I tweeted in advance of that panel that I was interested to see how the room responded to this (among other facts about Homeland‘s third season, specifically the increased focus on Morgan Saylor’s Dana), but Showtime was quick to offer clarification: a trailer revealed early footage of Brody’s first appearance in “Tower of David,” and the panel confirmed he would return in the very next episode beyond the ones we had seen. Part of me had expected them to treat Brody’s return as a surprise, leaving his fate open-ended, but from the beginning Brody was something the series was very open about, creating a certain suspense to see how the show planned on reintegrating the character into the narrative.

“Tower of David” works as a structural exercise in character development, drawing a parallel between Brody and Carrie’s respective prisons. However, it fails to acknowledge and mitigate the issues that plagued the two characters’ development last season, leaving an episode that works up until the point you look into the past rather than the present/future.

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Interview: Hell On Wheels Showrunner John Wirth

JohnWirthWhen veteran writer/producer John Wirth took over as showrunner on AMC’s Hell on Wheels, it was a somewhat strangely public process. John Shiban, the showrunner for the show’s first two seasons, backed out unexpectedly after the series was renewed, leading AMC to make the series’ pickup contingent on finding a new showrunner. With series creators Joe and Tony Gayton departing as well, Wirth stepped into a series with established characters, existing storylines, and more or less complete creative freedom to take the show in whatever direction he desired.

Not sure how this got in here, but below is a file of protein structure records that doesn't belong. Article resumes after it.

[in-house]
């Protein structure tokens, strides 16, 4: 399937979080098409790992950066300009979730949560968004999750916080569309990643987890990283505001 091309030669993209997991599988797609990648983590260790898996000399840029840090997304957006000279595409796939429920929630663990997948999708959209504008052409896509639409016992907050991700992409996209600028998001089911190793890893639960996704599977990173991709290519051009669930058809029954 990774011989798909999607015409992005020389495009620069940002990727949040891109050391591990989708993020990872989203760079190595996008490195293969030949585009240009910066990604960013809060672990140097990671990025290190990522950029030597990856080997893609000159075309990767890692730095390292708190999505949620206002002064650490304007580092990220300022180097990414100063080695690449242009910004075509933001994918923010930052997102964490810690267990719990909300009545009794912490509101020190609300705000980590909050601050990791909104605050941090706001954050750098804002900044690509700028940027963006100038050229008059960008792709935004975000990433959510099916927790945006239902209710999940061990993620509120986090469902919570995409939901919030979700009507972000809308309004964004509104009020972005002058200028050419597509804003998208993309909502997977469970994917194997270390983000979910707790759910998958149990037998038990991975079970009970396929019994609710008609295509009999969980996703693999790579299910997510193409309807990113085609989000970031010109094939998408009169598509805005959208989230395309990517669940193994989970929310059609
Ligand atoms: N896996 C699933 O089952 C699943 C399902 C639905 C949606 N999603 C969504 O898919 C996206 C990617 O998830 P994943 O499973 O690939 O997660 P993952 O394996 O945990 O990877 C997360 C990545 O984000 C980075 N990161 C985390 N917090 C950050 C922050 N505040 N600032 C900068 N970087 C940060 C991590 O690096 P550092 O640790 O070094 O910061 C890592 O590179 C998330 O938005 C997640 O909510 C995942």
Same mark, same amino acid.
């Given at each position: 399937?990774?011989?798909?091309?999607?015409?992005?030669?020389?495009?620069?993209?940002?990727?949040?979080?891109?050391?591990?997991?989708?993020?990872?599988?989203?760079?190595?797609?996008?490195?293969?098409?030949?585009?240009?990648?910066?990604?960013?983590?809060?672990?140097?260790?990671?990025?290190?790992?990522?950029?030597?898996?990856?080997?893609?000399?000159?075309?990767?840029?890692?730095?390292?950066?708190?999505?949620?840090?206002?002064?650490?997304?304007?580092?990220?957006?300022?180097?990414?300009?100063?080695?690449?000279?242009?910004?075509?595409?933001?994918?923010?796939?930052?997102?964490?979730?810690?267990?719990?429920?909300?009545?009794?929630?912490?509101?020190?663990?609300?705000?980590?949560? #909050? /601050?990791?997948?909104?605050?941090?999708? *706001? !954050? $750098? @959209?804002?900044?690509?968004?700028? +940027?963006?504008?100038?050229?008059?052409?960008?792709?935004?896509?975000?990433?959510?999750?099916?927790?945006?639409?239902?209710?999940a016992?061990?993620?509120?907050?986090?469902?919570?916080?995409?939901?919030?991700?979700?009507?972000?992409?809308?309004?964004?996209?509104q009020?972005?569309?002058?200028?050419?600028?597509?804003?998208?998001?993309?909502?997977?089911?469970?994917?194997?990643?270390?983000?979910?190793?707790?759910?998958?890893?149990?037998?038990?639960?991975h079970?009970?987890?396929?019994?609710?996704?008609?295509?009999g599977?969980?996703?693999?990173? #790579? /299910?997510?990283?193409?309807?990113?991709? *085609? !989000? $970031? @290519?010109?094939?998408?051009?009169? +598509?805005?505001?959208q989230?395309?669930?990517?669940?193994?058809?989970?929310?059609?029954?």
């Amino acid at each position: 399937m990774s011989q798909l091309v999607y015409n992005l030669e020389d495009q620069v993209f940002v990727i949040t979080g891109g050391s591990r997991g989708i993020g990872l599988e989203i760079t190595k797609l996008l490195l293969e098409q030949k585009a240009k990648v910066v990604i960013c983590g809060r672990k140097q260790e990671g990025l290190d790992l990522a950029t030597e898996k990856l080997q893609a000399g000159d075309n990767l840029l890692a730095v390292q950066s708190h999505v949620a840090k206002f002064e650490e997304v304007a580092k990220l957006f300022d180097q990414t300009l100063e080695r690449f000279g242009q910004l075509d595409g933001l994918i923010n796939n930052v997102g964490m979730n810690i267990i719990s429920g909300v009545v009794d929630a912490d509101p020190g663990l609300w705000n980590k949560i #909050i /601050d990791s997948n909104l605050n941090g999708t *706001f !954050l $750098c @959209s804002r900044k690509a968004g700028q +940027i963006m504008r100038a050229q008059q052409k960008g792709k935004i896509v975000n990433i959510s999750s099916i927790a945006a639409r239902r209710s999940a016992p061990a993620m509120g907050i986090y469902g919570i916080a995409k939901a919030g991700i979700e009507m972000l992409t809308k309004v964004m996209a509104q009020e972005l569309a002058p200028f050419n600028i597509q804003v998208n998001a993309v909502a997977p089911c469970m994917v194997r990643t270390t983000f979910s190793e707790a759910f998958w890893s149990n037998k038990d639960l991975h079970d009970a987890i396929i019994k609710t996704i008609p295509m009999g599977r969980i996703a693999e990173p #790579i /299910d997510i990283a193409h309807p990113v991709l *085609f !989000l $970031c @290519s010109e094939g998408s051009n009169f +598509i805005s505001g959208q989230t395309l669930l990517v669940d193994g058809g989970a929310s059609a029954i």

That direction has made the show a strange sort of success story for AMC, shuffled off to the prestige-less refuge of Saturday nights where it’s been quietly outperforming expectations (see Kate Aurthur’s report at Buzzfeed for more). It concludes its third season tonight at 9/8c on AMC with the expectation that it has earned a fourth season, and having successfully transitioned from a slightly underperforming prestige AMC drama to a successful translation of their film western audience into original programming on a normally dead night.